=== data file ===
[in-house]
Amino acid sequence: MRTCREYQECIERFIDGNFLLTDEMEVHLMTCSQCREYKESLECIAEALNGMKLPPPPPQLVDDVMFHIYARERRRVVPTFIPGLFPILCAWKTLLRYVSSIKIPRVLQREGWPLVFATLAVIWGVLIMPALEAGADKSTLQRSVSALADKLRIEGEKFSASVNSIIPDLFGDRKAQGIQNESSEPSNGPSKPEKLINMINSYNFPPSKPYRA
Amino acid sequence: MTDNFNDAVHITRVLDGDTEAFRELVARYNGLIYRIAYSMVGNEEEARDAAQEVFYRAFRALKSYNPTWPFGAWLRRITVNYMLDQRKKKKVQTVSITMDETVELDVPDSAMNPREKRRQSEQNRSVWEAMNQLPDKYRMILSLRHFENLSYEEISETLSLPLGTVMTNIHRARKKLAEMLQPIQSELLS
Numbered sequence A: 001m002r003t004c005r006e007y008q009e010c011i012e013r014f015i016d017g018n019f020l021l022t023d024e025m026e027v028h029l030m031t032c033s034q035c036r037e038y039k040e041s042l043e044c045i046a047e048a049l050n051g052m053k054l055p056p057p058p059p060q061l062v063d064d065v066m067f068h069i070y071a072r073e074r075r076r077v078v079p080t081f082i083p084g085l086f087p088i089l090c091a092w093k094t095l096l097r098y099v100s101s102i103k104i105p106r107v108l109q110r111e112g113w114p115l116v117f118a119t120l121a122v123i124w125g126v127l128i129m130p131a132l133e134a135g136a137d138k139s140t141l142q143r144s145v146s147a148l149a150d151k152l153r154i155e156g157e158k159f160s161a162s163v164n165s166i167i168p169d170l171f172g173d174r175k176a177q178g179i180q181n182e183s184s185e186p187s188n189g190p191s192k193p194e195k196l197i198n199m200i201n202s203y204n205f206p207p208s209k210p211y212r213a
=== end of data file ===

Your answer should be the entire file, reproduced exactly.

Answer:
[in-house]
Amino acid sequence: MRTCREYQECIERFIDGNFLLTDEMEVHLMTCSQCREYKESLECIAEALNGMKLPPPPPQLVDDVMFHIYARERRRVVPTFIPGLFPILCAWKTLLRYVSSIKIPRVLQREGWPLVFATLAVIWGVLIMPALEAGADKSTLQRSVSALADKLRIEGEKFSASVNSIIPDLFGDRKAQGIQNESSEPSNGPSKPEKLINMINSYNFPPSKPYRA
Amino acid sequence: MTDNFNDAVHITRVLDGDTEAFRELVARYNGLIYRIAYSMVGNEEEARDAAQEVFYRAFRALKSYNPTWPFGAWLRRITVNYMLDQRKKKKVQTVSITMDETVELDVPDSAMNPREKRRQSEQNRSVWEAMNQLPDKYRMILSLRHFENLSYEEISETLSLPLGTVMTNIHRARKKLAEMLQPIQSELLS
Numbered sequence A: 001m002r003t004c005r006e007y008q009e010c011i012e013r014f015i016d017g018n019f020l021l022t023d024e025m026e027v028h029l030m031t032c033s034q035c036r037e038y039k040e041s042l043e044c045i046a047e048a049l050n051g052m053k054l055p056p057p058p059p060q061l062v063d064d065v066m067f068h069i070y071a072r073e074r075r076r077v078v079p080t081f082i083p084g085l086f087p088i089l090c091a092w093k094t095l096l097r098y099v100s101s102i103k104i105p106r107v108l109q110r111e112g113w114p115l116v117f118a119t120l121a122v123i124w125g126v127l128i129m130p131a132l133e134a135g136a137d138k139s140t141l142q143r144s145v146s147a148l149a150d151k152l153r154i155e156g157e158k159f160s161a162s163v164n165s166i167i168p169d170l171f172g173d174r175k176a177q178g179i180q181n182e183s184s185e186p187s188n189g190p191s192k193p194e195k196l197i198n199m200i201n202s203y204n205f206p207p208s209k210p211y212r213a